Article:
Brandon McNulty of the USA has won the junior men’s time trial at the UCI World Road Championships.  McNulty took gold ahead of Mikkel Bjerg of Denmark, with Ian Garrison third for the USA.  Robert Stannard produced a solid ride to place 11th overall after provisionally placing on the podium.


Junior men’s time trial: RESULTS


Carter sets early benchmark

Clear skies and hot conditions greeted the men’s junior field contesting the individual time trial over the same 28.9km distance as the U23 men the day before.  Robert Stannard would be the first of the Kiwis to leave the start house, with Fouche much later on in the field.  However, as the U23 men’s race had showed the day before, the early riders could be more than in with a shot at a quality time and medal winning performance as several of them were eager to show.

The early best time was set by Australia’s Maccie Carter, who caught his minute man Abderahim Amari of Algeria to set the early benchmark of the day.  Robert Stannard started off strong and quickly got into his groove for the near 29km ride.  At the first intermediate time split Stannard stopped the clock in 9.49.07mins, an average speed of 45.224kph, putting him sixth fastest for now; almost 13 seconds behind Kazakhstan’s Igor Chzhan.

Further back on the course Jaka Primozic of Slovenia had gotten off to a very quick start to blast the first intermediate split out of the water and stake his claim to victory.  Elsewhere Alastair Christie-Johnston had set brilliant times to be provisionally 3rd fastest and 2nd fastest at the two intermediate splits but sadly in the run in to the third intermediate split he was brought to a halt with a problem not dissimilar to that suffered by Hayden McCormick in the U23 time trial.

Slow and steady proves great tactic for Stannard

Meanwhile Robert Stannard had appeared to time his effort perfectly.  After going through the first intermediate split well off the pace, Stannard lifted the tempo in the second section to go through check 2 in 17.25.64mins; 9th fastest of the first 28 riders.  But then Stannard lifted the pace once again to really stake a claim for the top of the leaderboard and it proved an inspired tactical move.

Stannard finally stopped the clock in 36.44.71mins a time that was 13.58 seconds faster than Maccie Carter.  Meanwhile behind him Jaka Primozic was flying and looking good to best Stannard’s time; which he did.  Primozic quickly knocked the Kiwi down into the silver medal position but there was not much in it between the two; just 8 seconds in all.  Christie-Johnston arrived home in 36.50mins and could only wonder what might have been had he not had to stop for a mechanical as he provisionally slotted into third place.

Mikkel Bjerg of Denmark was the next to really challenge for the top of the leaderboard.  The Dane was fastest at the first three time checks convincingly, and at the third time check he was almost a minute faster than Primozic.  So too Ruben Apers of Belgium, he was another one blitzing the times of Primozic and Stannard to oust them both from the top two spots.  While the two of them were convincingly faster than the rest, Bjerg was for now in a class of his own as he almost caught Apers.  Apers stopped the clock in 36.06.34mins, but straight behind him was Bjerg who stopped the clock in 35.17.47mins.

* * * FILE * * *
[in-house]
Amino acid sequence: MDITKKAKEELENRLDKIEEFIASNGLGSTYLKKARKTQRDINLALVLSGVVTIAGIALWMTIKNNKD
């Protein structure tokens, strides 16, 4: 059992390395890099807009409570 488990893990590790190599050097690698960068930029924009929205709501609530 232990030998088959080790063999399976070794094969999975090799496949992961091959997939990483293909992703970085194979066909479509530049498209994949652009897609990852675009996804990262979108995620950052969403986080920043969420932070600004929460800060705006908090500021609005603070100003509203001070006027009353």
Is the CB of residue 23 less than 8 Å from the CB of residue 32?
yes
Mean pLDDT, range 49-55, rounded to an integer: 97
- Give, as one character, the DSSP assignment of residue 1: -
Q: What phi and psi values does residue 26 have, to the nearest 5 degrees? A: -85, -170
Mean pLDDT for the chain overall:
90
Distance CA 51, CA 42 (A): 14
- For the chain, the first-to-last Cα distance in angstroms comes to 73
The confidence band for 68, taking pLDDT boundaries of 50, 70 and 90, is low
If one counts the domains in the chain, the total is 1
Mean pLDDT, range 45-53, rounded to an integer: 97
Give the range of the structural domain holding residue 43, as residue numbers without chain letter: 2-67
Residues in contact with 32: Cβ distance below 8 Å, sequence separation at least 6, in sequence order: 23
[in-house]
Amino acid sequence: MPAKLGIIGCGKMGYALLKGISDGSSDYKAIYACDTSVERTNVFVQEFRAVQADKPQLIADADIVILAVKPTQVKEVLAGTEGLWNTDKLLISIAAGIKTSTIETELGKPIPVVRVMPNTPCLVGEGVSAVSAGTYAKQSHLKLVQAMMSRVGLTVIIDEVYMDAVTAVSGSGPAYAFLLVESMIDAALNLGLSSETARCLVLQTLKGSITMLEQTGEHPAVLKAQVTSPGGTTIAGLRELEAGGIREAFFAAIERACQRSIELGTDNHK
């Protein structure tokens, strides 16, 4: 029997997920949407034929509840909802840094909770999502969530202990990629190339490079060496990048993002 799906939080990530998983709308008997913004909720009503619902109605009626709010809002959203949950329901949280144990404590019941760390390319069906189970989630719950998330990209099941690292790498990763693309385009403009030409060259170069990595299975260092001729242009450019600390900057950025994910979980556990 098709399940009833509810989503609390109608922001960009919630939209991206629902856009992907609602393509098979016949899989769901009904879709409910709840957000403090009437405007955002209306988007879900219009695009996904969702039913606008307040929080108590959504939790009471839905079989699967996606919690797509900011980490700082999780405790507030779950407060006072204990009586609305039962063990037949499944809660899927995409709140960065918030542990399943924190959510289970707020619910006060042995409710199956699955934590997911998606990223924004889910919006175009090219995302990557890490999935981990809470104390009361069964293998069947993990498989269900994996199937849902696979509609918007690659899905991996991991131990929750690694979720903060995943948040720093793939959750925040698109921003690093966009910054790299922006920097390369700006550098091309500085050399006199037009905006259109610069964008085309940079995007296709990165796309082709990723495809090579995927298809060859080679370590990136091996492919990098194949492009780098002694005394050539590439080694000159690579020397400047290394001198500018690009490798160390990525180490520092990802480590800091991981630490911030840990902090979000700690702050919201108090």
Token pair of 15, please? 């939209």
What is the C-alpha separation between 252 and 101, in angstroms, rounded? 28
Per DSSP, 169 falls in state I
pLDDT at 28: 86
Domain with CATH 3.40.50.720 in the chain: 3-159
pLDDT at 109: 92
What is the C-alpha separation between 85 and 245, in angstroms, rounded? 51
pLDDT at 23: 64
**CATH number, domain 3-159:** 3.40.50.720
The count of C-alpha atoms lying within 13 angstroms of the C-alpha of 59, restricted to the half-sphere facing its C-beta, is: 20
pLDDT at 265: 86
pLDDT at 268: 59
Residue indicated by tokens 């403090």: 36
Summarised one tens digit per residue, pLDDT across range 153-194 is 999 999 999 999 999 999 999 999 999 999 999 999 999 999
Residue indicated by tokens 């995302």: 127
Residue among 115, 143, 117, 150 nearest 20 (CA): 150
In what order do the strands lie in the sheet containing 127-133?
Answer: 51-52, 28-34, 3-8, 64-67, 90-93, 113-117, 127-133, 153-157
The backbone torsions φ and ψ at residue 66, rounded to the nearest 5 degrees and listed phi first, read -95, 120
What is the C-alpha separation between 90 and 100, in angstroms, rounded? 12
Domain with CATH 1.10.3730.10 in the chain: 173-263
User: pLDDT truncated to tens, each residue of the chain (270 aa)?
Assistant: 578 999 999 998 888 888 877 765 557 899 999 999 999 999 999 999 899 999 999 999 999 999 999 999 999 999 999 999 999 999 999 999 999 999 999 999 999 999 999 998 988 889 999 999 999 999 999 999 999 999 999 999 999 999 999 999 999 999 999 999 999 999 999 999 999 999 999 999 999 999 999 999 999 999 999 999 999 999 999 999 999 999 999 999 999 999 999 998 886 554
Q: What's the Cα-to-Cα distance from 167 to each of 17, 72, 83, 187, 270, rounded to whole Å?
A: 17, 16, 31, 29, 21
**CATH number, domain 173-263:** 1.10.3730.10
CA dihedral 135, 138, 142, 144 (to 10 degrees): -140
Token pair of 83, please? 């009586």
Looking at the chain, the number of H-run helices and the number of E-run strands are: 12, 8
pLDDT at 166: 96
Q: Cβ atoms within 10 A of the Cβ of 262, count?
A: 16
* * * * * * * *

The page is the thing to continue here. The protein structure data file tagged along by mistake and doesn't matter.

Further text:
Fouche digs deep too late

It transpired that a crash in the junior men's time trial set James Fouche back in his ride, photo Sirotti
It transpired that a crash in the junior men’s time trial set James Fouche back in his ride, photo Sirotti

With Bjerg still in control at the top of the leaderboard, James Fouche headed down the ramp to start his individual time trial.  Robert Stannard at this point was still provisionally seventh overall.  As with Stannard, Fouche appeared to be playing it slow in the early stages.  He had the 29th fastest time at the first time check and the 27th fastest at the second; 1.10mins down on Mikkel Bjerg.  Fouche progressively made his way up the standings, 24th at the third time check; but it looked like he might have put his effort in too late.  Fouche finally crossed the line in 38.31.75mins, provisionally 27th place for him 3.14.28mins back on Bjerg.

With four riders remaining, including Brandon McNulty of the USA who was the last to start and expected to be one of the favourites, it appeared that taking the earlier starting times was advantageous; with the wind beginning to rise a little too.  With all riders out on the course Bastian Flicke of Germany appeared to be going well, providing the toughest challenge to Bjerg’s lead with just 8 seconds separating them at the first time check.  McNulty too was presenting a stern challenge, going quicker at the first time check.

McNulty rises under pressure

Another to challenge for the win was Julius Johansen of Denmark who went fastest at the second time check, with his time bettered by McNulty who was off to a flying start.  The pair of them were neck and neck through time checks one and two with McNulty marginally ahead.  Gradually though the American began to pull ahead with a 31 second lead over Mikkel Bjerg.  Berg crossed the line first in a time of 35.17.47mins to sit in the gold medal position, but it didn’t last long.  McNulty justified his favourite status by becoming the only rider to go sub-35 minutes.  McNulty won gold in 34.42.29mins with Mikkel Bjerg in second and Ian Garrison of the USA in third place.

In the end Robert Stannard finished 11th overall, 2.02.42mins behind McNulty, while James Fouche finished 44th out of the 83 riders to finish the race.



Photo:  Sirotti


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